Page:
That’s from a publicly-posted letter from the International Dressage Riders Club, the International Dressage Trainers Club and the International Dressage Officials Club on 14 February, warning of the impact of videos posted in early February showing 2004 Colombian Dressage Olympian Cesar Parra – now an American citizen – whipping multiple horses at his training center in Jupiter Farms, Florida on 1 February.

Parra was suspended by the Federation Equestre Internationale (FEI) on 2 February and an investigation was started:

“The FEI confirms that Dressage Athlete Cesar Parra (USA) (FEI ID 10000031) has been immediately provisionally suspended while the FEI investigates the disturbing and abhorrent images and videos in relation to his training techniques that have recently emerged.”

The Chronicle of the Horse noted, “This isn’t the first time Parra, Frenchtown, New Jersey, and Jupiter, Florida, has been in the spotlight for alleged horse welfare violations, but he was eventually cleared of those accusations.”

The IDRC-IRTC-IROC letter was addressed to President Ingmar de Vos (BEL) and Secretary General Sabrina Ibanez (SUI), and signed by the heads of all three organizations, notably by the highly-respected IRDC President Isabell Werth (GER), the 12-time Olympic and 12-time World Championships medal winner. It included:

“Sadly, the whole world has now witnessed issues of welfare and terrible cruelty within our wonderful sport. We all find this heartbreaking, but it is a ‘wake up call’ for the vulnerability we now face from our respective stakeholder positions and, of course, for the sport as a whole.”

● “The perception of the sport has been damaged and we need to make a joined-up concerted effort to remedy it.”

● “The practicalities of appropriate jurisdiction of authority outside the competition environment needs to be overcome so that the influence of the FEI, as world governing body, has teeth and that it bites. There are enough lawyers with good experience and talent to find a way.”

Underlining what is at stake, the letter also noted, “The sport, and all of us, will be judged by the perception of the outside world of what our governing body does – inside the arena, outside the arena and in day-to-day training.”

Observed: This incident, which took place far away from any competitive event, now places equestrian in possible jeopardy just as was modern pentathlon, which removed riding from its program in the aftermath of the Tokyo Olympic incident in which the horse Saint Boy was hit by German trainer Kim Raisner when the horse would not jump for German pentathlon star Annika Schleu, the 2018 Worlds runner-up.

The riding component, part of the modern pentathlon as designed by modern Olympic founder Baron Pierre de Coubertin (FRA) for the 1912 Olympic Games in Stockholm (SWE), was removed in favor of obstacle-course racing, beginning at the 2028 Olympic Games in Los Angeles.

Equestrian, up to this point, has not been in any danger of expulsion, and has been praised by International Olympic Committee President Thomas Bach (GER). But concrete evidence of animal abuse is undoubtedly a danger to equestrian’s Olympic status.

FEI offers new plan for Eventing for 2028 Games

In order to reduce the “cost and complexity” – one of the IOC’s favorite phrases in the Thomas Bach Era – of the Eventing program in Olympic equestrian, the IOC asked the FEI to come up with a new format by 1 March. That report has been delivered, according to Horse & Hound:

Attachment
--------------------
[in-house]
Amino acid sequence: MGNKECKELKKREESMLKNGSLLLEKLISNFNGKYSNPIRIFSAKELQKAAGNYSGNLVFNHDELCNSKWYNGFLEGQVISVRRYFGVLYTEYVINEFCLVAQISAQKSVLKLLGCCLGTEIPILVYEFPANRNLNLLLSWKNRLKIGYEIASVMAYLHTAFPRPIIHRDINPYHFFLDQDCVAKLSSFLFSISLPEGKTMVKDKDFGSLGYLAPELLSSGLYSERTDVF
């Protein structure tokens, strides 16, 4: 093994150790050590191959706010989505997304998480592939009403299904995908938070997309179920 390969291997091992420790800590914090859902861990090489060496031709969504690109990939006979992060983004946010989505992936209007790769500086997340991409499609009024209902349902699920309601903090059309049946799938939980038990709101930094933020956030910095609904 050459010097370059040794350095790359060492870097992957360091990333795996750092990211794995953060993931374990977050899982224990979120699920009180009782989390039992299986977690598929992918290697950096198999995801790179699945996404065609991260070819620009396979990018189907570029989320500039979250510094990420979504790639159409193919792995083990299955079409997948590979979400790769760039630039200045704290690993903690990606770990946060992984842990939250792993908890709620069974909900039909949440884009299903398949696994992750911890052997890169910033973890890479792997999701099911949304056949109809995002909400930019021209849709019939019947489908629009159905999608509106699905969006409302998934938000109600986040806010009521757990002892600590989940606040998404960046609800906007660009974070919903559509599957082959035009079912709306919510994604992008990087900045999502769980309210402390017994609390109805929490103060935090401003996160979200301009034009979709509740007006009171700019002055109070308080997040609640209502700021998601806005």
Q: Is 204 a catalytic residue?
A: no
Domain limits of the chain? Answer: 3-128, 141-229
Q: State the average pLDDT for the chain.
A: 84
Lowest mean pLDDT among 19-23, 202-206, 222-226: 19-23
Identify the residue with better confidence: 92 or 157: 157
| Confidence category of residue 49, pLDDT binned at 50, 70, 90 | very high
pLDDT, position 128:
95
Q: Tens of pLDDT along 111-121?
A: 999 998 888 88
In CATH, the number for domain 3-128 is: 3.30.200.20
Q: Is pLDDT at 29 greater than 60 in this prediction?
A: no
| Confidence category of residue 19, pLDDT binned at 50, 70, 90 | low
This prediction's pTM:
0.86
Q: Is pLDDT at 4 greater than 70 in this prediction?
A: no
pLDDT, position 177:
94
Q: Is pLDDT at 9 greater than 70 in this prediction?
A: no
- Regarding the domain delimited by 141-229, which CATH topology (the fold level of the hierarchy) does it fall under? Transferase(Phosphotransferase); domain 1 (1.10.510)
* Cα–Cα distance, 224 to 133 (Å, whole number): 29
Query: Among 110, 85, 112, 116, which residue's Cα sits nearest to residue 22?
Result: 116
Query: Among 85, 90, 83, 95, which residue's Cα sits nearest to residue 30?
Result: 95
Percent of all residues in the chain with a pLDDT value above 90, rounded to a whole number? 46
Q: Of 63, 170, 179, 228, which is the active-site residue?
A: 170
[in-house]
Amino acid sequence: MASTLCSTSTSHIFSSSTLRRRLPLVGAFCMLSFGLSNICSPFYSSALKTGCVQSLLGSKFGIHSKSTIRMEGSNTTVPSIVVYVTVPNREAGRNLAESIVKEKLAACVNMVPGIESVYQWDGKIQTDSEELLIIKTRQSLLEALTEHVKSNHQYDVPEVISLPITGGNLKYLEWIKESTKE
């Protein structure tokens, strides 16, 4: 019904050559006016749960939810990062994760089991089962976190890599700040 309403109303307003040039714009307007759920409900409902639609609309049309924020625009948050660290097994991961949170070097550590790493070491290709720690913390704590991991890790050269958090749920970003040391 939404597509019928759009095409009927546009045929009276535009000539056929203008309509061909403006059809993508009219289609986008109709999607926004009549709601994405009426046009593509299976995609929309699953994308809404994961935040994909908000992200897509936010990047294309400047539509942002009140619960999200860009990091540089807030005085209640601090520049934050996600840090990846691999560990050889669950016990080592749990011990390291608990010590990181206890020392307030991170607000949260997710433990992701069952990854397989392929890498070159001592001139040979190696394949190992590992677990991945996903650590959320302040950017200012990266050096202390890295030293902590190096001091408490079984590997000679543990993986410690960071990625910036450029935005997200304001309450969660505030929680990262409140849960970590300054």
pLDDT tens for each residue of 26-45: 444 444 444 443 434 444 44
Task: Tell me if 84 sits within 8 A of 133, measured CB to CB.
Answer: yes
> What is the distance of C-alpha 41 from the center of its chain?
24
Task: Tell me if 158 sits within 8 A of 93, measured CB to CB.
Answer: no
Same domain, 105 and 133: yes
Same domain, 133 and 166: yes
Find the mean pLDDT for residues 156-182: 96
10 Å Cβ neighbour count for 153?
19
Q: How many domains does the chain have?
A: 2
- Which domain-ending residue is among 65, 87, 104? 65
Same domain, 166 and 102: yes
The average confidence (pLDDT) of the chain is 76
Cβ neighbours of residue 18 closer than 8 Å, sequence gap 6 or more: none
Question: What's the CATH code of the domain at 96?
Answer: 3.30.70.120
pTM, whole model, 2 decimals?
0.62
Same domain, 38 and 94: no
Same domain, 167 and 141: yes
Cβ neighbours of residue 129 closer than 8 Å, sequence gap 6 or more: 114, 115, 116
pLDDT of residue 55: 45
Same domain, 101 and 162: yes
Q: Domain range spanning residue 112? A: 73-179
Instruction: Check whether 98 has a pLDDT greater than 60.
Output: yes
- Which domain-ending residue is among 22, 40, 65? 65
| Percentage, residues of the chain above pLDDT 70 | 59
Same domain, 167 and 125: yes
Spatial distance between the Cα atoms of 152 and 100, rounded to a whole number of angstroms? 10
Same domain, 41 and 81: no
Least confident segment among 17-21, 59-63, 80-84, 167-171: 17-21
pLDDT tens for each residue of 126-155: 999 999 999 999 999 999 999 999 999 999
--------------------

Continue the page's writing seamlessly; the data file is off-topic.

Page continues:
“The proposed format involves the team competition run as a short format (dressage, showjumping, then cross-country), with the medals awarded after cross-country on day three. The individual competition remains in the long format, as at previous Olympics, which would mean the extra showjumping round to decide individual medals would take place the day after cross-country (day four).”

The cross-country element has been an issue for horse safety and welfare and has been held at a separate, cooler venue than the other elements. For example, at the 1984 Los Angeles Games, the Dressage and Jumping competitions were held at Santa Anita Park in Arcadia, northeast of downtown Los Angeles. But fearing hot temperatures for the cross-country phase of the Three-Day Event (as Eventing was then known), it was held 115 miles south at Fairbanks Ranch, near San Diego and close to the Pacific Ocean, at considerable added expense.

For 2028, the IOC – and its subsidiary, Olympic Broadcasting Services – wants a single venue for equestrian, requiring a new approach for the cross-country segment. The “short format” requires only a single course of about 10 minutes with varying obstacles, while the “long format” includes four phases, with the cross-country segment last.

The FEI proposal would allow the Team Event medals to be awarded following the cross-country competition, reportedly the most popular among television viewers, with the individual Eventing competition to be decided on a fourth day in a second jumping round, in reverse order of standings.

The FEI Board apparently approved the submittal last Tuesday (27th), and an FEI comment added:

The details pertaining to the technical aspects of the proposed format will be discussed in detail next year in the framework of the revision of the FEI regulations for equestrian events at the Olympic Games, once the IOC has provided its feedback.”

The IOC has said that the specifications of the specific events for Los Angeles 2028 will be defined after the Paris 2024 Games have concluded. The LA28 plan, as originally submitted, had equestrian events in a temporary facility – along with canoe slalom and shooting – in the Sepulveda Basin area.